Which, Sophie’s Choice. Set in Brooklyn! As was A Tree Grows In Brooklyn, Motherless Brooklyn, Desperate Characters, Sunset Park and countless other must-read books.

Because even though we don’t have Patience and Fortitude guarding the main branch of the Brooklyn Public Library, there is a really good ghost story about the place. And who doesn’t love a good ghost story?

Because we’ve long been known as the “borough of churches” and also the “borough of homes” and also the “borough of trees.” Which is much better than being known as the “forgotten borough” (sorry, Staten Island), or whatever Queens is known for being. (No, really. What is Queens known as?)

Because it’s kind of fun to trash talk Queens… a little interborough rivalry never hurt anyone.

Because there’s an argument to be made that living right here—right now—is akin to living in Greenwich Village in the 60s or Alphabet City in the 90s…

But we’d never make that argument. Living in Brooklyn isn’t about being part of the zeitgeist; it isn’t about being part of some pseudo-culturally significant flash-in-the-pan. Living in Brooklyn isn’t about anything, really, other than being one of the millions of people who call this borough home for myriad reasons that may or may not include the ones we’ve listed above. Living in Brooklyn is what you make of it. So make the most of it. Or, you know, go somewhere else. Because, seriously. It’s way too expensive to stay here if you don’t really love it. Like, really, really love it. The way we do. The way we think you will too.




  1. You think Brooklyn is like the Village in the 60s?!?!

    Brooklyn is just another gentrified soulless yuppie nothingville.

  2. Overall, your list is ok. I don’t hate on BK, but I know plenty of newer Bkers who hate on everyone else. You proved that with your statements on Queens. Don’t bash Queens, no need for it.
    Goodfellas is set in Queens. I went to school with the Burke kids.
    It’s know for plenty of things, just as you want to stop explaining yourself to people, Queens does as well.
    It is the one of, if not the most ethnically diverse places in the world.
    You should take the G train here, or the F, R, Q, N, E, M, 7, LIRR, and even the precious L.
    If you come we will welcome you with the best Chinese food, or Korean, Indian, Greek, Egyptian, etc etc. maybe even a taco or a lemon ice. You can watch a ball game, and see the Open, you can now also see some concerts where the US Open used to play.
    Spider-Man lived here, and so did Run DMC and 50. Simon and Garfunkel won Junior Sing at Forest Hills High School, and Cyndi Lauper graced my class with her presence at my HS graduation.
    I also have a great view of the manhattan skyline, and I can even see you, Brooklyn, from my terrace. I traded in my stoop. I can still sit on my parents stoop though. just as I’ve done for 30+ years.
    I’ve lived in Brooklyn, before it was cool too. For generations my family lived on Bedford Ave, and Ralph Ave, and I used to cop in Bushwick and Bed Stuy, when it really wasn’t safe to do so. It’s a great borough but so are others.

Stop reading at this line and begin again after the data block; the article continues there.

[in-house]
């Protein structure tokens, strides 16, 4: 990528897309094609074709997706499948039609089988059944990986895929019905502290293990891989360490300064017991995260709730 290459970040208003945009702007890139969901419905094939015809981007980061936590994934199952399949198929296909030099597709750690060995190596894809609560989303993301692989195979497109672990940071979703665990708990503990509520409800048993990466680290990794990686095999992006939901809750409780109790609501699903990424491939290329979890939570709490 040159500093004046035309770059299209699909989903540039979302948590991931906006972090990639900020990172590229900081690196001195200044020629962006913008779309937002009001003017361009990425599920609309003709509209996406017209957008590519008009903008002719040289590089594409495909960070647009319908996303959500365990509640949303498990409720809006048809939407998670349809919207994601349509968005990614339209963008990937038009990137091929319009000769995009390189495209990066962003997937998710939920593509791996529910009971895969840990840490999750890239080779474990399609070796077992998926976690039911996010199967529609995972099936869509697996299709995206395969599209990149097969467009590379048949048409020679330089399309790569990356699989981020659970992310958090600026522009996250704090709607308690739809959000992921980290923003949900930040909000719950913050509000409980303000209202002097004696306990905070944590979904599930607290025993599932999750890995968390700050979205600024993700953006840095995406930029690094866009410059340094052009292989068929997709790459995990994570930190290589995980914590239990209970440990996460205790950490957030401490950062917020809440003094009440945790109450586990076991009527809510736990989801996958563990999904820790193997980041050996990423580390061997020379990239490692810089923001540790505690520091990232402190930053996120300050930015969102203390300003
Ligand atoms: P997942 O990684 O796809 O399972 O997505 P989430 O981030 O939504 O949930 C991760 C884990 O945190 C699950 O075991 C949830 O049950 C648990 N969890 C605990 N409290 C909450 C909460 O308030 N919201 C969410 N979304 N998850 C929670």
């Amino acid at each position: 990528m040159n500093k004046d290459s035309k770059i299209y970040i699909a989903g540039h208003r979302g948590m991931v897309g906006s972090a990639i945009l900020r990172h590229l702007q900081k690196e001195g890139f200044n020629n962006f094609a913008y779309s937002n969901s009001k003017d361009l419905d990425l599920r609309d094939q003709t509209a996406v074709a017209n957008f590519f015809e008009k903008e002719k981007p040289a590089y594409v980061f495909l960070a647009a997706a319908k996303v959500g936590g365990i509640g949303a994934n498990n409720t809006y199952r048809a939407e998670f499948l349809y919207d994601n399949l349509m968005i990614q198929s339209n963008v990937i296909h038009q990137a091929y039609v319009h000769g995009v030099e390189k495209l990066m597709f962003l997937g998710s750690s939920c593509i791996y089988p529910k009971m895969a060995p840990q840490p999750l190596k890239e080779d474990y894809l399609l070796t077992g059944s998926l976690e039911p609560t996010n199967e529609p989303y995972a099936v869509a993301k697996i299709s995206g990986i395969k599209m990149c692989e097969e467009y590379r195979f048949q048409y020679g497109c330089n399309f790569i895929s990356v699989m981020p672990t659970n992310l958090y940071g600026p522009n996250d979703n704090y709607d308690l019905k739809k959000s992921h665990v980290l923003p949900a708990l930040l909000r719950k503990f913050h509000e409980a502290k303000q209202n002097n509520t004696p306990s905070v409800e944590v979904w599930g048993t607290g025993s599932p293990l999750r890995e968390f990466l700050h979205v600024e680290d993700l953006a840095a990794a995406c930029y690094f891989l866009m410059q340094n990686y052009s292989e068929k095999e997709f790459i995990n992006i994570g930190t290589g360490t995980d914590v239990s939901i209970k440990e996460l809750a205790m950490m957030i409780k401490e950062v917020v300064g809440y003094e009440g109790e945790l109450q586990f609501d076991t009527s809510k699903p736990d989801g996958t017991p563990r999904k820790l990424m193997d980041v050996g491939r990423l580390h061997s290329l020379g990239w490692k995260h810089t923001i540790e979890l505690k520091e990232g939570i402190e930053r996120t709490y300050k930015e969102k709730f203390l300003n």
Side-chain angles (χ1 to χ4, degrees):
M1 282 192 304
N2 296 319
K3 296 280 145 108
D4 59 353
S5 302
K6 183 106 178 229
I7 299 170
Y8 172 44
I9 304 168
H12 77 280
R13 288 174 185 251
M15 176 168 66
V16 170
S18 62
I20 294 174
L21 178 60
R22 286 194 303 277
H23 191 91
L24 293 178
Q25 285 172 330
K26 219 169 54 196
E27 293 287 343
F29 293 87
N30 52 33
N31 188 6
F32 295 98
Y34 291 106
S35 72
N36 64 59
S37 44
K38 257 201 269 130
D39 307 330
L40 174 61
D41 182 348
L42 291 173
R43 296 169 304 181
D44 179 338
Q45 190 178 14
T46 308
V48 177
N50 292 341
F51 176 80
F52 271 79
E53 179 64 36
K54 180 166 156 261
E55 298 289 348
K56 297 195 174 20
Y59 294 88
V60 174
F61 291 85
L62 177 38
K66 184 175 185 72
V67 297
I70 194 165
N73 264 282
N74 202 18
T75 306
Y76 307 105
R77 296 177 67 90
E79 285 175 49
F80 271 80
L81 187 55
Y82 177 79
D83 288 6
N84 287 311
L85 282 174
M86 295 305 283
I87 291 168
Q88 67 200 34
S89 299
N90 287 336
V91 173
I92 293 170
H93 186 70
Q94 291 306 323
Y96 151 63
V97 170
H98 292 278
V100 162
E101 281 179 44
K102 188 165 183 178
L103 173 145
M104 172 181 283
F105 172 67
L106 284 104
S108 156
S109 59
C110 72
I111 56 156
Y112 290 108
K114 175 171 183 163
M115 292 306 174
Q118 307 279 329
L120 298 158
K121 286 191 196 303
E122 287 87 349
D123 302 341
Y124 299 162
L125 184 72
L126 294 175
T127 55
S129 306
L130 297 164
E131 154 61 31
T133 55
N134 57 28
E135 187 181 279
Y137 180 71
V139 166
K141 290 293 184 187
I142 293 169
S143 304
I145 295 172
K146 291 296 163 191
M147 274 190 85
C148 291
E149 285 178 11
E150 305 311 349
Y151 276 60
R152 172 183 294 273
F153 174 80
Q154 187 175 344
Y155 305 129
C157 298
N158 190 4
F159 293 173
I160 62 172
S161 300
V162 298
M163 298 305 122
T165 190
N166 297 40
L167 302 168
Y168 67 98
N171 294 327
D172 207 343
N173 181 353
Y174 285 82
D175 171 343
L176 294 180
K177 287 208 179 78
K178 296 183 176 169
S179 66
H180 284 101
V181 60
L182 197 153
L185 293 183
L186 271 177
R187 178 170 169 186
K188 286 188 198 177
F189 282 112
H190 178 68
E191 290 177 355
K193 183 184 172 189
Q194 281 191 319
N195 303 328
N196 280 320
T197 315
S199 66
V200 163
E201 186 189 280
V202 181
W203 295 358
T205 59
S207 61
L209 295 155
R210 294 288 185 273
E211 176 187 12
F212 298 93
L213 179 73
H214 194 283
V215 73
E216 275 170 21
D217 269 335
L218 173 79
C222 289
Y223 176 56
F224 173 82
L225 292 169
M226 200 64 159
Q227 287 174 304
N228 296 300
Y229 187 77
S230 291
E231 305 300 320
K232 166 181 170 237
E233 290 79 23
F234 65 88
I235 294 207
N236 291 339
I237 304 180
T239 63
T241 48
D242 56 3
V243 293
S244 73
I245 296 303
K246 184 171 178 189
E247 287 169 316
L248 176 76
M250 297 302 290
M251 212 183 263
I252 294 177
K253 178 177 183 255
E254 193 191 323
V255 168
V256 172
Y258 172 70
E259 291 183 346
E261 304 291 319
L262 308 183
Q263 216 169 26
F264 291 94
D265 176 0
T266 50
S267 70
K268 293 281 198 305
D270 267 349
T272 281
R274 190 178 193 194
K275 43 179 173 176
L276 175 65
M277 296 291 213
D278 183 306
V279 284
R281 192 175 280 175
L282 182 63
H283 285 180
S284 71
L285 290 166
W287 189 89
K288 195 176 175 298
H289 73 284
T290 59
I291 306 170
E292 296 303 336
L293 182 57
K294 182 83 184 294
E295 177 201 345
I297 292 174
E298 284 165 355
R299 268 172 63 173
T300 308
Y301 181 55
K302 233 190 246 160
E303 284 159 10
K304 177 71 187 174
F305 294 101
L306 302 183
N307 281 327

And Jews in BK are not new, been there long before you.

  3. Please, don’t move to Brooklyn. We really don’t want you here because you make us not be able to afford it. Which means, say goodbye to all the great food that was listed on this list.

  4. My family’s roots are in every borough, and I did live in Brooklyn until 1994, and it has always been my favorite borough. HOWEVER, I am challenging these 4 points:
    19) Brookln and Queens have more population than Manhattan. Brooklyn would fourth in population after all of NYC.
    62) Sorry, Flushing has better Chinese food than anywhere in NYC, and you can walk next door to get Korean, Indian, Malaysian, Bangladeshi, just to name a few.
    89) It’s not Brooklyn Day. It was always Brookln-Queens Day, which used to be a day off for all school kids based in Brooklyn and Queens and it had a parade. It’s actually an old Protestant holiday celebrated by kids in the neighborhoods straddling the BQ border. Now, all NYC schoolkids get off for the day, and now all NYC school teachers have to work it.
    97) Queens is known for being the most diverse county in the entire nation and it’s the only place where the income of African-Americans has parity with whites. It’s the equal opportunity borough.

  5. The truth about Brooklyn . srds has dramatically increased in brooklyn. Beds bugs are in every apartment landlords just paints and make the apartments looks clean and eye catching but once you are stay there for a week and realize to yourself why do you have all these bites on you . then you would know you just spendo 2700 dollars a month for. The more people over dosing on pills . crime is increasing despite what’s your led to believe . and how much longer do you think the true residence of Brooklyn will put up with the changes that has accrued to the point they have been displaced . Brooklyn is a fad . reality is you should wake up and realize. The truth . that the politiciations needs to cinvience you that’s these places are so fascinating that you would wants to move here and here comes the develoopers who they true want in there pockets as more and more people move into Brooklyn . and even over paying for what YOU think is cheap in reality you are being a puppet. There’s rats the riches there’s bed bugs . and your rent is over priced . and when you think of it your paying for some thing your barely spending time in weather you at a bar getting drunk or working. When you come to see you will look back at how much money you just dropped down the drain . and get ready because the apartments are soon to sky rocket again.